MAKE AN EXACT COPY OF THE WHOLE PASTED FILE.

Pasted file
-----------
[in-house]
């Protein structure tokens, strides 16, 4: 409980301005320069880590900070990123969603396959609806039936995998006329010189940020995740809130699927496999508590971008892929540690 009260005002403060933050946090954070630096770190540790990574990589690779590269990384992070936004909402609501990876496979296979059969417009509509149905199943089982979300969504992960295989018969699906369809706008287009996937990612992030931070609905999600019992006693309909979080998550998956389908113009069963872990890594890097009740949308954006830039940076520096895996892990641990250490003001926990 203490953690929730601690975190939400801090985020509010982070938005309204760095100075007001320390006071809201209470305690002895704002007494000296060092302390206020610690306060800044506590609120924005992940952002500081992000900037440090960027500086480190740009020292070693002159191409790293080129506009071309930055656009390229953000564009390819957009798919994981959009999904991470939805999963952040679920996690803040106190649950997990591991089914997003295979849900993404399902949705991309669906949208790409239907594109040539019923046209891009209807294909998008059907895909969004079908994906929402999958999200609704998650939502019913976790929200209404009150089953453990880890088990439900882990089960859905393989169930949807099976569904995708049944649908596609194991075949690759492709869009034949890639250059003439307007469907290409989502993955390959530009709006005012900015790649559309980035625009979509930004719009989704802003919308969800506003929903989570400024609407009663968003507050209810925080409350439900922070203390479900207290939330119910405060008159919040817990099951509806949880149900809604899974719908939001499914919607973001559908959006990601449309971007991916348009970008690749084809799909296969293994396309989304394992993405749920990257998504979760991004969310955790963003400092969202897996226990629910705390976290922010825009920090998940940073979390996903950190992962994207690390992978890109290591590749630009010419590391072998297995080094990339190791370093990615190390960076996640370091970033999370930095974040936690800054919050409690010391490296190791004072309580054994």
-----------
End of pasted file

[in-house]
């Protein structure tokens, strides 16, 4: 409980301005320069880590900070990123969603396959609806039936995998006329010189940020995740809130699927496999508590971008892929540690 009260005002403060933050946090954070630096770190540790990574990589690779590269990384992070936004909402609501990876496979296979059969417009509509149905199943089982979300969504992960295989018969699906369809706008287009996937990612992030931070609905999600019992006693309909979080998550998956389908113009069963872990890594890097009740949308954006830039940076520096895996892990641990250490003001926990 203490953690929730601690975190939400801090985020509010982070938005309204760095100075007001320390006071809201209470305690002895704002007494000296060092302390206020610690306060800044506590609120924005992940952002500081992000900037440090960027500086480190740009020292070693002159191409790293080129506009071309930055656009390229953000564009390819957009798919994981959009999904991470939805999963952040679920996690803040106190649950997990591991089914997003295979849900993404399902949705991309669906949208790409239907594109040539019923046209891009209807294909998008059907895909969004079908994906929402999958999200609704998650939502019913976790929200209404009150089953453990880890088990439900882990089960859905393989169930949807099976569904995708049944649908596609194991075949690759492709869009034949890639250059003439307007469907290409989502993955390959530009709006005012900015790649559309980035625009979509930004719009989704802003919308969800506003929903989570400024609407009663968003507050209810925080409350439900922070203390479900207290939330119910405060008159919040817990099951509806949880149900809604899974719908939001499914919607973001559908959006990601449309971007991916348009970008690749084809799909296969293994396309989304394992993405749920990257998504979760991004969310955790963003400092969202897996226990629910705390976290922010825009920090998940940073979390996903950190992962994207690390992978890109290591590749630009010419590391072998297995080094990339190791370093990615190390960076996640370091970033999370930095974040936690800054919050409690010391490296190791004072309580054994």